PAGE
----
The Songs of the Siren

Illusions of Grandeur

ILLUSIONS OF GREANDEUR make their debut with "The Songs of The Siren," a soaring epic […]
By Max Elias
October 2, 2019
Illusions of Grandeur - The Songs of the Siren album cover

ILLUSIONS OF GREANDEUR make their debut with "The Songs of The Siren," a soaring epic of an album. The group's Power Metal leanings make themselves clear from the intro of "Fallen/Awakening", replete with ambient ocean waves and gentle arpeggiation. Halfway through, the song abandons its gentle ballad style and shifts into a driving riff. The vocals remain clean and punchy throughout. The next song, "Mayhem", also sounds like it was designed around the singer's talents; which makes sense, given her pseudonym 'The Siren' and the album's title. The main riff is simple, staccato, and establishes a call-and-response dynamic with the vocalist.

"Three Two Three" is the first track to really feature interplay between male and female vocals. It's musically a halfway point between "Fallen/Awakening" and "Mayhem" in that it shifts between metal ballad and slow stomp pretty regularly. Even when guitars take a melody break, it happens underneath vocals, which seem to have been the band's focus all the way up to now. "Red Sky Morning" is another song with a grandiose intro, that culminates after about two minutes in a lead break. I guess it wasn't really an 'intro', but it felt like one, thanks to the dynamics of the instruments. The song mostly relies on the one riff that played since the beginning all the way through, although it does close on a tasteful lead guitar moment. The halfway point of the album acts as an intermission; "The Archangel" is little more than an arpeggiated guitar interlude.

"Silent Suicide" comes after, and save for the weird little spoken word at the beginning, is the most aggressive song on the album. The riffs come as close as they have on this to being something I would normally listen to. And just because the riffing is more compelling doesn't diminish the vocal contribution; there are still plenty of hooks to be found here, along with a theme of ending the verses in a pinched-off screech. The intensity lets up on "Breathe", which returns to the album formula of slower-paced canvases for the vocals to explode over. Despite the laid-back instrumentation, the timbre and force of the vocals gives the track urgency. The next couple songs are more of the same, and then as a preamble to the final track, "The Voyage" is another instrumental interlude. Final song "Through the Styx" is aggressive in the vocals if somewhat routine in the instrumental aspect. It certainly is catchy though, which is a good summation of the album as a whole.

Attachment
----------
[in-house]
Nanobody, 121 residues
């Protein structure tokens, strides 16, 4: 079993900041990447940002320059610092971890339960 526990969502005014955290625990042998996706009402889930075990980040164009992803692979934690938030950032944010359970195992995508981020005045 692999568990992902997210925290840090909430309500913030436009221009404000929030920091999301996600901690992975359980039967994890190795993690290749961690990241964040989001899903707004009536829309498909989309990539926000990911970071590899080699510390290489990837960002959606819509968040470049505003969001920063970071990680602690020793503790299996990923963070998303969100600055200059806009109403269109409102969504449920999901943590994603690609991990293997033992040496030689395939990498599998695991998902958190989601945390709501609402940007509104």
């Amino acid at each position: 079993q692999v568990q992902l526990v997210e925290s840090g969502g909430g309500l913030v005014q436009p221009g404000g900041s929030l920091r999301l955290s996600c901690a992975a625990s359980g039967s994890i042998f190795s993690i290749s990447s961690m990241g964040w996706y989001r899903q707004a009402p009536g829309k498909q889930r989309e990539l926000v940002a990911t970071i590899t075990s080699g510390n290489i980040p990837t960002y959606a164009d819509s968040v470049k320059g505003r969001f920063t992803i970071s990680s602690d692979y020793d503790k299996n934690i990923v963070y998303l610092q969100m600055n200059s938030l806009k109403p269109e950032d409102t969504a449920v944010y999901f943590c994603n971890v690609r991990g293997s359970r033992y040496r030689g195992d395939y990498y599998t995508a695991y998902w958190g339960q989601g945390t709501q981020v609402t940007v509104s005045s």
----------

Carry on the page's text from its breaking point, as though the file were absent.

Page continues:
This is a debut album, so it might not be as refined as later releases or as focused-although they seem to have found a niche. I also remember reading something about how this is a concept album of sorts, so subsequent albums could wind up very different. Assuming they don't, however, musically (guitar, drums, bass) the album is a bit lackluster; the songs seem to have fairly typical riffs that don't stir anything in me. The vocals are on point, though. She ('The Siren') is fantastic at conveying a range of emotions and technically able to shift higher or lower as the situation demands it. If you like metal with a strong vocal component and emphasis on hooks, this is worth listening to.

7 / 10









"The Songs of the Siren" Track-listing:

1. Fallen/Awakening
2. Mayhem
3. Three Two Three
4. Red Sky Morning
5. The Archangel
6. Silent Suicide
7. Breathe
8. Lullabies
9. The Voyage
10. Through the Styx

Illusions of Grandeur Lineup:

The Siren-Vocals

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